The following is one of a series of guest posts by Mike Shelby. Mike is a former ESL teacher who has been quietly (i.e., without his own blog) disseminating his thoughts on language learning around the internet for quite some time.
My suggestions below are suitable for practicing any language and are given of course in addition to indispensable communication practice with native English speakers.
There are quite a lot of ready-made conversational English dialogues on a multitude of topics with authentic natural wording with useful content (and vocabulary) at all levels of difficulty from basic to advanced levels. It's hard and time consuming for learners to create such dialogues on their own, as this would require a lot of imagination about potential content of conversations in various situations and issues of discussions.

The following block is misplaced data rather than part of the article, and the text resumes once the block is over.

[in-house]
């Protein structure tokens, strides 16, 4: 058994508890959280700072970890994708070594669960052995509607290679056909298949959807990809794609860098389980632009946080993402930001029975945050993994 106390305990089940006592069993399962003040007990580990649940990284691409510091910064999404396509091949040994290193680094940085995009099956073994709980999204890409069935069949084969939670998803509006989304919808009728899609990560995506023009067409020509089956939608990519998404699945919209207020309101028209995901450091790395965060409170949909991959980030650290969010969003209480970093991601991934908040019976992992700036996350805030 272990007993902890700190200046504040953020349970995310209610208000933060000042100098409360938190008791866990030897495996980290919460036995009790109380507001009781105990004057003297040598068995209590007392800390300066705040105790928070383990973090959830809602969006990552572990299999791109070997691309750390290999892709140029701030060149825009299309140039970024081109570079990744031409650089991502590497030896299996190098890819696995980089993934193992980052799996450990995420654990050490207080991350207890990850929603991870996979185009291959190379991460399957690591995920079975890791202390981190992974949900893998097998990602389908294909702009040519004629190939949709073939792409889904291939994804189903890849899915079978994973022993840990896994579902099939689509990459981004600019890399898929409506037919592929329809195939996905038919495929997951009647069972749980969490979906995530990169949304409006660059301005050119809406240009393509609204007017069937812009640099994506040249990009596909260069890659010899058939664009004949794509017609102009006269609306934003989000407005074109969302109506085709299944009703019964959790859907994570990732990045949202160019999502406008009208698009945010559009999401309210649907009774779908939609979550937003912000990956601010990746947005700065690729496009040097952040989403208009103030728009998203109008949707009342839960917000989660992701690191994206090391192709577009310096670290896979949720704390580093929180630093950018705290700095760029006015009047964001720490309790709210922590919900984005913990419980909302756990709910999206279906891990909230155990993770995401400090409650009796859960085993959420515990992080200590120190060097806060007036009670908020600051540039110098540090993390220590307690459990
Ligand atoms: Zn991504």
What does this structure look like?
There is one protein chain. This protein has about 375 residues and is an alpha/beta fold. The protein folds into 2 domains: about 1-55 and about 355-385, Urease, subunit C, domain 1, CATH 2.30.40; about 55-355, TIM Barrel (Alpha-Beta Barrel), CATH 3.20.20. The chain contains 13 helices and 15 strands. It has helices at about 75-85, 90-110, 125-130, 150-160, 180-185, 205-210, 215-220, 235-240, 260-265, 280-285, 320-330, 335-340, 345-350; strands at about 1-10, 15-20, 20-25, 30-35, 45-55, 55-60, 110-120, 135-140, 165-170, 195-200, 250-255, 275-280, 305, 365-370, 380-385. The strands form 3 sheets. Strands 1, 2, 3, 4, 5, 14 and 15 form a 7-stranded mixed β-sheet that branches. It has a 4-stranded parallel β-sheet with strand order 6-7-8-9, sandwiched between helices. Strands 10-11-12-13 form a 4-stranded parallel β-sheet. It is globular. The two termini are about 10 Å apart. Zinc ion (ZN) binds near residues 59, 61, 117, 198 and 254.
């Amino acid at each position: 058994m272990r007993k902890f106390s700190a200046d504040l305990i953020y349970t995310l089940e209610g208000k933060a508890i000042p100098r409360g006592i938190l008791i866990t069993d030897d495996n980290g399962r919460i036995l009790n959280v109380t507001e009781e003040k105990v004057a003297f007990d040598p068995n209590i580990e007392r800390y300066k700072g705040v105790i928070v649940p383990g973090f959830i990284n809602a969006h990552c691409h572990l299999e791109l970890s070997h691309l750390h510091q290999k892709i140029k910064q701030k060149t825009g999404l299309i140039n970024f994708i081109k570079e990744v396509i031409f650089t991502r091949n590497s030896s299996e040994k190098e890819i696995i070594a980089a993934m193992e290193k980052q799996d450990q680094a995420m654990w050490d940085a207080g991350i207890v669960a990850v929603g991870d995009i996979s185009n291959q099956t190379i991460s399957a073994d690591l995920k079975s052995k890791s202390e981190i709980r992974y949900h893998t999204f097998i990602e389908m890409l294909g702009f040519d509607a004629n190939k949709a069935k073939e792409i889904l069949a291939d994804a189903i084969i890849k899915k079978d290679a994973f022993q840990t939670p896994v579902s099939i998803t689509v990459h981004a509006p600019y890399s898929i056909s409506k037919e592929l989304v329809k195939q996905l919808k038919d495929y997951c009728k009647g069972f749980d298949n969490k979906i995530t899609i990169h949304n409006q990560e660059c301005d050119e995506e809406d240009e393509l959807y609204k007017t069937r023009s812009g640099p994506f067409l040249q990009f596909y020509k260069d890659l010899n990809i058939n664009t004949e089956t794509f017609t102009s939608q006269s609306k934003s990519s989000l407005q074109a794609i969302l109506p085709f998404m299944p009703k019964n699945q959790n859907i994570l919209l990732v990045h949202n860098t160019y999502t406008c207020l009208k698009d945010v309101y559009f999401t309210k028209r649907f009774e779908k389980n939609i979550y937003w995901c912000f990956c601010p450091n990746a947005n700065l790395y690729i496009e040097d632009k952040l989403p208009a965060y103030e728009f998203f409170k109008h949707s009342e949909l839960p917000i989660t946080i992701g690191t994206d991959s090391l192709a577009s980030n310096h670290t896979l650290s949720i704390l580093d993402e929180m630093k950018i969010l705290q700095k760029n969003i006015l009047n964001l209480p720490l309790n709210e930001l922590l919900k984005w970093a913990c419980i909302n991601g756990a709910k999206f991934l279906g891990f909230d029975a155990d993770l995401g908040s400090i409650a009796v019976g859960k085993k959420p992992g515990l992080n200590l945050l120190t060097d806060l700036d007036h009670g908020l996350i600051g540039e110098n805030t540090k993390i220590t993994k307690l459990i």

Therefore it is a good idea for learners to select ready-made dialogues with the most practical helpful content at all levels of difficulty and with the best wording in terms of vocabulary. So learners can select a number of ready-made dialogues at their own discretion on each real life topic. On the basis of those ready-made dialogues, learners can create their own dialogues taking into account their potential needs, preferences, circumstances, and personal situation.
After listening to and reading dialogues, learners can write key words and phrases, or main ideas as a plan, or questions on each dialogue that require long answers to make easier for them to imitate (reproduce, act out/role play, etc.) each dialogue to practice speaking in English.
When practicing speaking using ready-made dialogues on one’s own, it is a good idea to record one’s speech on audio and to compare it with the original text or audio recording.
You can find English dialogues in English conversation books, on websites with thematic English conversations, and in audio/video recordings.